While career prospects have worsened, the Div School and the larger University are not neutral bodies when they encourage matriculation. By advertising prioritized Ph.D. admission, the Div School attracts a large population of A.M. students who provide it with substantial revenues. In turn, Ph.D. and A.M. students become a relatively cheap labor force to staff classrooms, offices, and libraries. With both, faculty can teach higher-level classes that are more interesting to themselves, providing motivation to ignore or minimize students’ ethically troubling debt and career trajectories.
In terms of academic culture, although neglect and even bullying are present in many departments, their extent and degree appear to make the Div School an outlier. The overall professional culture of academia is already strongly hierarchical and lacks the basic accountability found in other lines of work. Yet, not uncommon professorial behaviors at the Div School range from long periods of silence, forgetfulness of past interactions, and non performance of core duties, such as reading work or following the stated curriculum, to the creation of situations in which failure is ensured—“moving goalposts”—and the public humiliation of students, including through sarcasm and derision. Faculty responses include avoidance of criticizing peers or imitation of troubling behaviors (mobbing). Administrators at best listen, while at worst they excuse these behaviors, treat them as an image problem, or do not respond to attempts at contact. Often, both blame students for what are clearly faculty and administrative failures.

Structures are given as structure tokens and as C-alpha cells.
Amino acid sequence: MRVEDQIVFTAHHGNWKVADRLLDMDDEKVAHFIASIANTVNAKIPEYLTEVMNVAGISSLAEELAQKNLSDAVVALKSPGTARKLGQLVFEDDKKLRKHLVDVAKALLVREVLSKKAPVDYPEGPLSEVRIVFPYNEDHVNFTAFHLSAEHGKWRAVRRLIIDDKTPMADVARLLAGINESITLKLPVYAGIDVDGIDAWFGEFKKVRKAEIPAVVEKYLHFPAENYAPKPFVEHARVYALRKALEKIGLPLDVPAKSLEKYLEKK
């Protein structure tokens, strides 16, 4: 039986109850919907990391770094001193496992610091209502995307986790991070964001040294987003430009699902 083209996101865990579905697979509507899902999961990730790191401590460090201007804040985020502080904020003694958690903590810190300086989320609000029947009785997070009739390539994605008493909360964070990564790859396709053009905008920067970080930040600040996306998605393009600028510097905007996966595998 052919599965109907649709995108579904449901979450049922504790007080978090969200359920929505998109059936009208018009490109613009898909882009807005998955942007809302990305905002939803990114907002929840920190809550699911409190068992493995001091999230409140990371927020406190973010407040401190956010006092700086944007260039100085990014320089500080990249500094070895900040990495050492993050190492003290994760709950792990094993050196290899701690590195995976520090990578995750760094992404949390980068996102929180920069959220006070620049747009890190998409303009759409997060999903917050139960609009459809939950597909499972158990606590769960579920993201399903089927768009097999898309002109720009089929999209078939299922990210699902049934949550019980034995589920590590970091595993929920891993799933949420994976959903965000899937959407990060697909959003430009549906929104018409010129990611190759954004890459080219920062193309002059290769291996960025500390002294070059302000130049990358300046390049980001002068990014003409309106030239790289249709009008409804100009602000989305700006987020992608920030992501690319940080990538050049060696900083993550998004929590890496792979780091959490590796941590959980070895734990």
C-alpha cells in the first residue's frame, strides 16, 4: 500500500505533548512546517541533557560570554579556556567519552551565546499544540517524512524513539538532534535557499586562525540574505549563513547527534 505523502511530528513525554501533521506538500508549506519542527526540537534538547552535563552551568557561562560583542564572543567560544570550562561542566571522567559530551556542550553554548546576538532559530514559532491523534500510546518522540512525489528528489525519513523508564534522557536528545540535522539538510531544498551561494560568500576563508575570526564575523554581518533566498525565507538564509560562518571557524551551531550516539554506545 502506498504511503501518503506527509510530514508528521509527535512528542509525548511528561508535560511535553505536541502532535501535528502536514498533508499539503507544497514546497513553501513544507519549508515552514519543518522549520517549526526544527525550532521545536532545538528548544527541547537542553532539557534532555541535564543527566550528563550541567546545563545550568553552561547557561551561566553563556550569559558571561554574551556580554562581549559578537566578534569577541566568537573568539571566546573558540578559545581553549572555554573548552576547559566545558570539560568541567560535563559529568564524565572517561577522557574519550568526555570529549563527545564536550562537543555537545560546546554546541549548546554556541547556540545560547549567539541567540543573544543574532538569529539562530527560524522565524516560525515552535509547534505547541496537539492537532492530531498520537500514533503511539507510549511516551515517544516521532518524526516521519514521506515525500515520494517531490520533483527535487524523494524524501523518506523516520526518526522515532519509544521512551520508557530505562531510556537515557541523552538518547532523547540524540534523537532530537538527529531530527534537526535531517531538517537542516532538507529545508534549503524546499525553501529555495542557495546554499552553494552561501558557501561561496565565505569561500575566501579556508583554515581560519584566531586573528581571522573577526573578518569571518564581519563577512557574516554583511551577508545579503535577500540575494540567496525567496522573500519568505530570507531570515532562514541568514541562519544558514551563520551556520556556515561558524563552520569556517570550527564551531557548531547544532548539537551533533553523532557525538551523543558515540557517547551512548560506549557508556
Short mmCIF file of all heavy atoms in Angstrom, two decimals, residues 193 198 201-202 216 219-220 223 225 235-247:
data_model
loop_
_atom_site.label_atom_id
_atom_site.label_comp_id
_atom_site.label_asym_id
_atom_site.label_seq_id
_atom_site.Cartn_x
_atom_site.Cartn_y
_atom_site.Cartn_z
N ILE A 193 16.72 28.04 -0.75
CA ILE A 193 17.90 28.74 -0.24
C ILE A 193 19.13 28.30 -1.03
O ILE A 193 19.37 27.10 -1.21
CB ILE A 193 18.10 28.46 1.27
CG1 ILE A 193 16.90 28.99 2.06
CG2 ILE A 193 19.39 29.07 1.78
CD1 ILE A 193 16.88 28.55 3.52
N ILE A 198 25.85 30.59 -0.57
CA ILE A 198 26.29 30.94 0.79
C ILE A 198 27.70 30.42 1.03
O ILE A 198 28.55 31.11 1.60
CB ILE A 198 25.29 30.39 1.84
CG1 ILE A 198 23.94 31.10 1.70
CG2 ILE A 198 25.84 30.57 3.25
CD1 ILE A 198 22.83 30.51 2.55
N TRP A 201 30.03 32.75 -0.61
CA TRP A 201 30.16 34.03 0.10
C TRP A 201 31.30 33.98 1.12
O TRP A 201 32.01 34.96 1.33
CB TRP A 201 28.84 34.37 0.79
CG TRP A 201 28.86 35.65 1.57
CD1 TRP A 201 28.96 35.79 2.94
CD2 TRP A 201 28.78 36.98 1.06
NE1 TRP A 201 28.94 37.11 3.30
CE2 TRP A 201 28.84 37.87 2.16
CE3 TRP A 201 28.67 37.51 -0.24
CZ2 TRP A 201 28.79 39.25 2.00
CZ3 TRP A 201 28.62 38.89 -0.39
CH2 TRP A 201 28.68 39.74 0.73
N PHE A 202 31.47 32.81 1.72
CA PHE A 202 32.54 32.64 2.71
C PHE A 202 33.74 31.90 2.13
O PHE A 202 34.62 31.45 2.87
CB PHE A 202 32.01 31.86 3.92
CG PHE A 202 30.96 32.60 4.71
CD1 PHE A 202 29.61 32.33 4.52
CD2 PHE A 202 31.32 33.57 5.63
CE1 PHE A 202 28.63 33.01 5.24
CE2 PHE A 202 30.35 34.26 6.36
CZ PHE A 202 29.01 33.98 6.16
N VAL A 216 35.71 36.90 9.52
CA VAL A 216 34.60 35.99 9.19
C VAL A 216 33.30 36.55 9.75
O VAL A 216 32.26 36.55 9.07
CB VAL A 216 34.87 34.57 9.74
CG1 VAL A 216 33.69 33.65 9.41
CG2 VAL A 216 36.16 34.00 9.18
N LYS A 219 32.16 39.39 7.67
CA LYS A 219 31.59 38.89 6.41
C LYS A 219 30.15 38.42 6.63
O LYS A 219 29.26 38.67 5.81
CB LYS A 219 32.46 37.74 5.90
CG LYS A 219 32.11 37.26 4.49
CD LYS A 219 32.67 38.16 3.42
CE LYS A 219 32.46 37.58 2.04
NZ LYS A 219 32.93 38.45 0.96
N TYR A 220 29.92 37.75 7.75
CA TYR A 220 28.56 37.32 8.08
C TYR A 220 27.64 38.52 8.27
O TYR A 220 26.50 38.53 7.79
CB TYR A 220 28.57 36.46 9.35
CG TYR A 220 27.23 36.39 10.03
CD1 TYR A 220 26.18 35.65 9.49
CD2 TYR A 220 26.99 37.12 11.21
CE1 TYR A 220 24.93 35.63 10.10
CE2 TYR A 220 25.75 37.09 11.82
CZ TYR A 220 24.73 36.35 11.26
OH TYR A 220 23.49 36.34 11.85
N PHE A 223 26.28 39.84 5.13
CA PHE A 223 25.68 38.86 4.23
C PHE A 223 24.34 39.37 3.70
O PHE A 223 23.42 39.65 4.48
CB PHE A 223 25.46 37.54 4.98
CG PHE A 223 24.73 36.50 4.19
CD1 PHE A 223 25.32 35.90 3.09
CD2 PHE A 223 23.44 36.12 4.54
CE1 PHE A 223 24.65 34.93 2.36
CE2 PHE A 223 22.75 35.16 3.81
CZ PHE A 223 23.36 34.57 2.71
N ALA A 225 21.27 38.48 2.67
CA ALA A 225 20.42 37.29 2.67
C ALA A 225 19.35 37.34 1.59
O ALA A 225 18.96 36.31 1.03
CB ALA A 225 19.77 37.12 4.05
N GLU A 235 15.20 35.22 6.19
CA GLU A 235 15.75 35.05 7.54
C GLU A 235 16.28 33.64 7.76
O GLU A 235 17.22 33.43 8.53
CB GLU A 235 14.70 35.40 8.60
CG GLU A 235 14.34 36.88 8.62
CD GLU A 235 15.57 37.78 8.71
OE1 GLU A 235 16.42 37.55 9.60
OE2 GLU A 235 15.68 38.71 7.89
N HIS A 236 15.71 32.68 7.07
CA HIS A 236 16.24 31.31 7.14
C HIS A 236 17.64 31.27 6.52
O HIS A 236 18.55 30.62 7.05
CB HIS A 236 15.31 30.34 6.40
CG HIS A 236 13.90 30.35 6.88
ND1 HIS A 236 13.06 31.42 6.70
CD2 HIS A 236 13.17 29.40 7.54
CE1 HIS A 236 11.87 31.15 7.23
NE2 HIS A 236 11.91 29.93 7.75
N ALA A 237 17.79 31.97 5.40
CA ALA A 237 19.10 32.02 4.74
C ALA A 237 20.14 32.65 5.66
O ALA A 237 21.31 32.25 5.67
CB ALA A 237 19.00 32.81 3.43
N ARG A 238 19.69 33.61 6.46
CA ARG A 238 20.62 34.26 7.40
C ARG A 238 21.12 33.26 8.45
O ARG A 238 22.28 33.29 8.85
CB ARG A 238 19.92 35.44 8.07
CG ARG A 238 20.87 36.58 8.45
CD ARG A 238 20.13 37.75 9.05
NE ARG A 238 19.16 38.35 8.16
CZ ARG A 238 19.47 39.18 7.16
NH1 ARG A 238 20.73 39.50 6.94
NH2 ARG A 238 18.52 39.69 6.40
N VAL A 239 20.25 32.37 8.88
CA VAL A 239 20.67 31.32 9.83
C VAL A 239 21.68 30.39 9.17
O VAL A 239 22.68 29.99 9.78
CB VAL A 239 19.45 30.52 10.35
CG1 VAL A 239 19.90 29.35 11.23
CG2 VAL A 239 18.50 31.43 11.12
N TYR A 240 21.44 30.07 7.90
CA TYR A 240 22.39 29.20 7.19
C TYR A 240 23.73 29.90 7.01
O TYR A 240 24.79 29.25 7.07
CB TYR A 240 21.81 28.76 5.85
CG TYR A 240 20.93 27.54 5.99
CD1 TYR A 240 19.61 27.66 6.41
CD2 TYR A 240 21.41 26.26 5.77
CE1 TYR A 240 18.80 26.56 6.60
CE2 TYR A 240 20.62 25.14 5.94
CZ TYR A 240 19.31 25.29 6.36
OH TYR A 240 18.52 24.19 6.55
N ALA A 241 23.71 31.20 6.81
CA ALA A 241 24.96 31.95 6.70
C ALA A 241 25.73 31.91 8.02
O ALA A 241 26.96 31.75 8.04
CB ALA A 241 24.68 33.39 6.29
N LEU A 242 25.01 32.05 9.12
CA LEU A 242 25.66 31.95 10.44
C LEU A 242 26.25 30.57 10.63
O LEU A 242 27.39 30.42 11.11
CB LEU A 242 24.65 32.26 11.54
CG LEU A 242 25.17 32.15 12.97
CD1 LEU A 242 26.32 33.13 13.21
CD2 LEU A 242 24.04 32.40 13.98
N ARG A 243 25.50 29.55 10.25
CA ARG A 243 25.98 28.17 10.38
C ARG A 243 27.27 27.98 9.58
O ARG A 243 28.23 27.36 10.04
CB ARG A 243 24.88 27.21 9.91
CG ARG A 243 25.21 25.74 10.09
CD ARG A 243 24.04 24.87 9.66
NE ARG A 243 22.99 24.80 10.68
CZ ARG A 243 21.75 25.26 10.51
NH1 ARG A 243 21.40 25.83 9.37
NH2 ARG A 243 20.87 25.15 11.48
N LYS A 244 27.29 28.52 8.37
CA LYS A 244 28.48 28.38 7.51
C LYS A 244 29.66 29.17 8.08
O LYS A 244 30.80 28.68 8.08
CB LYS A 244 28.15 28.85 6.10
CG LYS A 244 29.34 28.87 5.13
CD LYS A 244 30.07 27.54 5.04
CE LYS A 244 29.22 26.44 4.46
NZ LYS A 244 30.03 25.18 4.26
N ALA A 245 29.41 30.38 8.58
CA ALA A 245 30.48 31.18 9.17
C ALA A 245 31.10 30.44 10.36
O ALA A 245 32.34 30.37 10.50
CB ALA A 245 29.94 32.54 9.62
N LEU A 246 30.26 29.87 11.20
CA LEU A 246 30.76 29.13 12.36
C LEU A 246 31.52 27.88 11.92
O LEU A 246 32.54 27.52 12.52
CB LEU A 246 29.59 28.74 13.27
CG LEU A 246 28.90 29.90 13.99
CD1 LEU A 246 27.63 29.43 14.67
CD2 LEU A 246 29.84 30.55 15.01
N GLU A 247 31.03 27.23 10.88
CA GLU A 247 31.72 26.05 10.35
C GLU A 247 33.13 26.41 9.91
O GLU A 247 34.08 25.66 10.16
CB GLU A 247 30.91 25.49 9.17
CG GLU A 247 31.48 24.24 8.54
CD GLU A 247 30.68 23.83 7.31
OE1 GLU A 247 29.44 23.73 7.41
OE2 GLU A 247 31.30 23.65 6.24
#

Some of the factors creating the present situation include an excessively large graduate student body and an internal environment of scarcity (e.g. financial support, professorial time, stable division-internal teaching positions). Moreover, the Div School went without anyone performing director of graduate studies duties for over a decade, a lack of standard checks-and-balances that has permitted the development and normalization of an authoritarian culture wherein professors can act without regard for student outcomes or gain self-worth through the arbitrary treatment of students. On occasion, this behavior has attracted the notice of faculty outside of the division, and those with whom students have shared anecdotes and documentation have used words such as “unacceptable” and “egregious.” Clearly, the faculty who behave in these ways are not engaging in any meaningful or sustained dialogue with student work.